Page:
Raised in Marietta, GA but based now in Birmingham, Alabama, Wilder Adkins is a Southern boy with typical wit and twang matched with a profound sophistication. With a few full-length albums already under his belt, the folk singer-songwriter’s latest self-released record, Hope & Sorrow, releasing officially next week, acts as an amalgamation of his previous experience and an advancement of future experimentation. Though the new album maintains Adkins’ signature elements–like his quiet, shaky vocals and gentle instrumentals–overall, the tracks are more expertly produced and mature this time around. Growing up in a musical family and living and learning culture and identity in India for a while has its perks–Hope & Sorrow is the result of that.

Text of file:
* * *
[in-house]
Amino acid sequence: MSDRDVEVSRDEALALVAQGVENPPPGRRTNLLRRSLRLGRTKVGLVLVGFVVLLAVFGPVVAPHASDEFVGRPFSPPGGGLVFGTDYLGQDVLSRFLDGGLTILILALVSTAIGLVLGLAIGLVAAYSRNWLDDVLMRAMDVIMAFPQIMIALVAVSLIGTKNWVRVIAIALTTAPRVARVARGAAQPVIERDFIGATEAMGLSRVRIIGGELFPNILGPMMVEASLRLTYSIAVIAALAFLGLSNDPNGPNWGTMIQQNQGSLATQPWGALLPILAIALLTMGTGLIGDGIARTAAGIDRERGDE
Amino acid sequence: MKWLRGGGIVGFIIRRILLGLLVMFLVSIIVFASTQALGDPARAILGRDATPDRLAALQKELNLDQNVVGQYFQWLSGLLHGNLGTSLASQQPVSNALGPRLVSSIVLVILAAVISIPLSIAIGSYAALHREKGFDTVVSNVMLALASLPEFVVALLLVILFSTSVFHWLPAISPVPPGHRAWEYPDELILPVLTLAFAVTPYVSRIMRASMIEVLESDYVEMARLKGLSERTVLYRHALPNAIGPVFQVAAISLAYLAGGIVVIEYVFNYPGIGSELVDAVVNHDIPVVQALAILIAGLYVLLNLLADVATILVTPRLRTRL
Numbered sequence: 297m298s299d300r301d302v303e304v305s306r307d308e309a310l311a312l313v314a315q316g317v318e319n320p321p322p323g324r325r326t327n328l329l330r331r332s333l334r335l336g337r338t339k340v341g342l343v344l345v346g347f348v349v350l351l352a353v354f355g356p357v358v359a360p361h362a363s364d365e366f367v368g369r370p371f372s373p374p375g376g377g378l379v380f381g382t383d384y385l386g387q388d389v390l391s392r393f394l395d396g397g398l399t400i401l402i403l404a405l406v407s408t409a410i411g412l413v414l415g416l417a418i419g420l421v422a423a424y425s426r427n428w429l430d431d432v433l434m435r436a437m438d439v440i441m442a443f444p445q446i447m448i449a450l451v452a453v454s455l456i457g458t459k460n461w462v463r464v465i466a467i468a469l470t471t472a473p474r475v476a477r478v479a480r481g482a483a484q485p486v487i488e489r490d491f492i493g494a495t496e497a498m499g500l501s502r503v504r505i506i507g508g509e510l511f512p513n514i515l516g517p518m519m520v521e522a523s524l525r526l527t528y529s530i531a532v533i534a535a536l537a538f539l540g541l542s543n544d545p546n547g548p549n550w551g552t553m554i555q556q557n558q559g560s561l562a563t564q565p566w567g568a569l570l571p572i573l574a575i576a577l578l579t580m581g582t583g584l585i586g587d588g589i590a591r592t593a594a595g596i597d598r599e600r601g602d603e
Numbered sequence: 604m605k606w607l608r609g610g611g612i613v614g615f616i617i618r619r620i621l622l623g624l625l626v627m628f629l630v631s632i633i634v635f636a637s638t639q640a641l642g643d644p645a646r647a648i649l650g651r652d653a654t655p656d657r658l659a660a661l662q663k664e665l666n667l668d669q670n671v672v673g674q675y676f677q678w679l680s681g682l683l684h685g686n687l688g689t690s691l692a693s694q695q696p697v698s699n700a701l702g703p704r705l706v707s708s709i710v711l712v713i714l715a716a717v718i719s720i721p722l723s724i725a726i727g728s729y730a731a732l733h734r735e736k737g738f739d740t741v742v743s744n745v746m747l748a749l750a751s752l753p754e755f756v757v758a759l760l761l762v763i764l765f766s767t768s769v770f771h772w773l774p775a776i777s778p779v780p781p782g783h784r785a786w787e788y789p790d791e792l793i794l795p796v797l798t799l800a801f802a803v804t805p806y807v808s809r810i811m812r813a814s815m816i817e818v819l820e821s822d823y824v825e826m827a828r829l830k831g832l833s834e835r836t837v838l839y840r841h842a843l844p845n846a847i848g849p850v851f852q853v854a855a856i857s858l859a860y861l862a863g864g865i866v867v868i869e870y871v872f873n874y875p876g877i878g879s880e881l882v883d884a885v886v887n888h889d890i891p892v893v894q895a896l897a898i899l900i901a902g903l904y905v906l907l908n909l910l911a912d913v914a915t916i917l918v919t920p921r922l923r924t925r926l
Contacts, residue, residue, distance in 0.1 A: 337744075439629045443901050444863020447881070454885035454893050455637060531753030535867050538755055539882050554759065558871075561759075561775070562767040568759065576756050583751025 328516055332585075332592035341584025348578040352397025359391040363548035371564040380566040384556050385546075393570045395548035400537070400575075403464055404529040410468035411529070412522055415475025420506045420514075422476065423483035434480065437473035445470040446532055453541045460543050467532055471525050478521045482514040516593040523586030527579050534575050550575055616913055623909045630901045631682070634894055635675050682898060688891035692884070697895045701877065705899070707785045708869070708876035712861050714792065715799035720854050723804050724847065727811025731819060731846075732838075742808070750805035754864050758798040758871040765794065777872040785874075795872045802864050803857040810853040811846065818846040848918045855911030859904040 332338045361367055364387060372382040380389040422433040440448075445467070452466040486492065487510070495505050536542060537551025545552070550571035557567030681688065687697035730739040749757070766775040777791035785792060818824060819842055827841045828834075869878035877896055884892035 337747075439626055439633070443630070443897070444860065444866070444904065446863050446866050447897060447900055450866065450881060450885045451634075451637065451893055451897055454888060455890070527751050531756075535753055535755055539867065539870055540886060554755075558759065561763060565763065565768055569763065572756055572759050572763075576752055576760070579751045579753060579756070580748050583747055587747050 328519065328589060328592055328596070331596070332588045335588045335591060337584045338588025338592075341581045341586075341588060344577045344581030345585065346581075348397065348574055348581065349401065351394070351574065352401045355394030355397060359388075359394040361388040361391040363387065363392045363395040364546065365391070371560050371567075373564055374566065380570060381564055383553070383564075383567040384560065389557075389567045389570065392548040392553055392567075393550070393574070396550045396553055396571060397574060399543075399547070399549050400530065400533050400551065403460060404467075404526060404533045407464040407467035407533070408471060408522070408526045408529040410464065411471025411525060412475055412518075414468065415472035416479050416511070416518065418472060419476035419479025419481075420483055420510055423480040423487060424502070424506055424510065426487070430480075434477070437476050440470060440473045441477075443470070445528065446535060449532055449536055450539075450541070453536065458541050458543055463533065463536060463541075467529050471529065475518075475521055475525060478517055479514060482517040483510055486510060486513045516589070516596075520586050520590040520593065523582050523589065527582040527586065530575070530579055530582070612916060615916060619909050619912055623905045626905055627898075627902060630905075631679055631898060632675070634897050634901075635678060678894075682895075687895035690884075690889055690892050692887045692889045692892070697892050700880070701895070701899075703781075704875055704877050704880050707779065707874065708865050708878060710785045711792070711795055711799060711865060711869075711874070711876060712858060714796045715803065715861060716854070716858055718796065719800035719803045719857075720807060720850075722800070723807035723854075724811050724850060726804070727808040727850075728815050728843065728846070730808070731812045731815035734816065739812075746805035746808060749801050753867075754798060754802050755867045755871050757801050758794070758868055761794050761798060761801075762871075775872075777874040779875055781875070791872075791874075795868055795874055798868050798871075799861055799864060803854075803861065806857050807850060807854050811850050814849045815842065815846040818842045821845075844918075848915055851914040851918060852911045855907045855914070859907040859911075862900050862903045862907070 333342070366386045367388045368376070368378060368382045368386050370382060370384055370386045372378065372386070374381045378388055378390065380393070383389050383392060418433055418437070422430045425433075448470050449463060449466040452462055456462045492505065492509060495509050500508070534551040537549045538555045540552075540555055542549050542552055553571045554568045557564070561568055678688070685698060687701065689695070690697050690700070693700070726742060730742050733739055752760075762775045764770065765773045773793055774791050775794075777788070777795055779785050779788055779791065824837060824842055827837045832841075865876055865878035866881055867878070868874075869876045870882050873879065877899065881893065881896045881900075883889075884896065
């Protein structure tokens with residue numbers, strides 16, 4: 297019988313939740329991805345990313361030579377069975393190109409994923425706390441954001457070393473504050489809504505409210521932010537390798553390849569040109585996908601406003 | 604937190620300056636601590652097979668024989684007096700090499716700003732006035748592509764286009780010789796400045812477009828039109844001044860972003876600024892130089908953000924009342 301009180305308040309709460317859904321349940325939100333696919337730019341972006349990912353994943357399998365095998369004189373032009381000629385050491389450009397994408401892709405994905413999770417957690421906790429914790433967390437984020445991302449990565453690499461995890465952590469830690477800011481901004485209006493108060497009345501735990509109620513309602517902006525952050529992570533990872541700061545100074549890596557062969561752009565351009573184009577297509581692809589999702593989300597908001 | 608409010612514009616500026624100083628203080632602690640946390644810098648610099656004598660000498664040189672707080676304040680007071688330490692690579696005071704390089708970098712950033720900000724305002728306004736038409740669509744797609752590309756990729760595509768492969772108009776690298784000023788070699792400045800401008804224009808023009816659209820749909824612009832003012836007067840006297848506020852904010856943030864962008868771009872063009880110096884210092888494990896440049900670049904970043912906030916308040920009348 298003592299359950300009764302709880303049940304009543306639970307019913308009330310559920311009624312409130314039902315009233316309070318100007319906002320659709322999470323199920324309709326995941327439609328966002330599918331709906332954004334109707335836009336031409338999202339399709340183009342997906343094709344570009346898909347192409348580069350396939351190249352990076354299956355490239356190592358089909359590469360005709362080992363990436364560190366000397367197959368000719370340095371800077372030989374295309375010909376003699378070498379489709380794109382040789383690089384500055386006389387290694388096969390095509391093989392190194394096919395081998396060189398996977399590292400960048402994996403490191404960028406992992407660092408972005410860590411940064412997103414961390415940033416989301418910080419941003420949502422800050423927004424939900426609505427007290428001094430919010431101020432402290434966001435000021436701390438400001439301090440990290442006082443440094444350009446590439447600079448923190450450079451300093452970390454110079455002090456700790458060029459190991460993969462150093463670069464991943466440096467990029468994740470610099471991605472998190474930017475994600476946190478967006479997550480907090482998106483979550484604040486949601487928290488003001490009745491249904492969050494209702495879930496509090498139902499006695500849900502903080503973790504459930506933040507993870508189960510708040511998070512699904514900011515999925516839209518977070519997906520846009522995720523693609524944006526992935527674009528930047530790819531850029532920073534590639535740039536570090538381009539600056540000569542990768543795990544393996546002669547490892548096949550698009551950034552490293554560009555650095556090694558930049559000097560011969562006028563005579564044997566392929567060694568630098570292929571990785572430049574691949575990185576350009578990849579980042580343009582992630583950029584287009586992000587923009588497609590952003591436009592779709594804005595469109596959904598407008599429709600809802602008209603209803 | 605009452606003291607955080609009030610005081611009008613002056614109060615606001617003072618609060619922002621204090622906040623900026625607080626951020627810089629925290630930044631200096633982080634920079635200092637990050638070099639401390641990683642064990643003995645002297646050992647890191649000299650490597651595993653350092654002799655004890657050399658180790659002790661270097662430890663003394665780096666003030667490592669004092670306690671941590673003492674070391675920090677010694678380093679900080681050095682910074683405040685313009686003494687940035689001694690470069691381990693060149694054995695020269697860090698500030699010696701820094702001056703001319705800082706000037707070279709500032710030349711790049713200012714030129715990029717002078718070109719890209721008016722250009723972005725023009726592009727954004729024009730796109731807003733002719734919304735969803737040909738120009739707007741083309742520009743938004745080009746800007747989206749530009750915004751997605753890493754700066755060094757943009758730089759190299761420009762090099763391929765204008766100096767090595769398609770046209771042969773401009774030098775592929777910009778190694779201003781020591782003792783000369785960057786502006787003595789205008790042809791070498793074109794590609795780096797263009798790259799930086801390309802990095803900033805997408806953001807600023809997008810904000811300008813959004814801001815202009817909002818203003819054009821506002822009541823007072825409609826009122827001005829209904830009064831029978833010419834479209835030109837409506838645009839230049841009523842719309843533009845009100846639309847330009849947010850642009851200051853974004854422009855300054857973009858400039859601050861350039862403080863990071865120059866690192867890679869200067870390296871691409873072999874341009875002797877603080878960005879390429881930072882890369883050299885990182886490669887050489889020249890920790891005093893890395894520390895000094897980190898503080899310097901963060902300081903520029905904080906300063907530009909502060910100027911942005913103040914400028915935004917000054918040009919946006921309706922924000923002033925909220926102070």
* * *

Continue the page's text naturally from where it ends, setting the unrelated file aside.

In twelve tracks, Adkins questions the value in heavy concepts like hope and trust by writing poetic lyrics, mastering guitar skills, and letting his gritty, versatile vocals tell stories on his tongue. The album’s title track is a stand-out on the record, a sweet ache apparent in Adkins’ voice when he sings inquisitive lines like “And oh my word/How bittersweet this life/With hope and sorrow/Intertwine”. Though it’s a strong track instrumentally, the rhythm remains uncomplicated, gently pulsing in the background, compared to all-instrumental track “Sericea”, which shakes and slithers with colorful beats and twinkling rhythms. When the album ends with the powerful, eerie track “Wrestle”, you’ll wish it hadn’t, but distant drum beats and pained vocals will at least remind you of its overwhelming emotion mapped out with a mature musicality.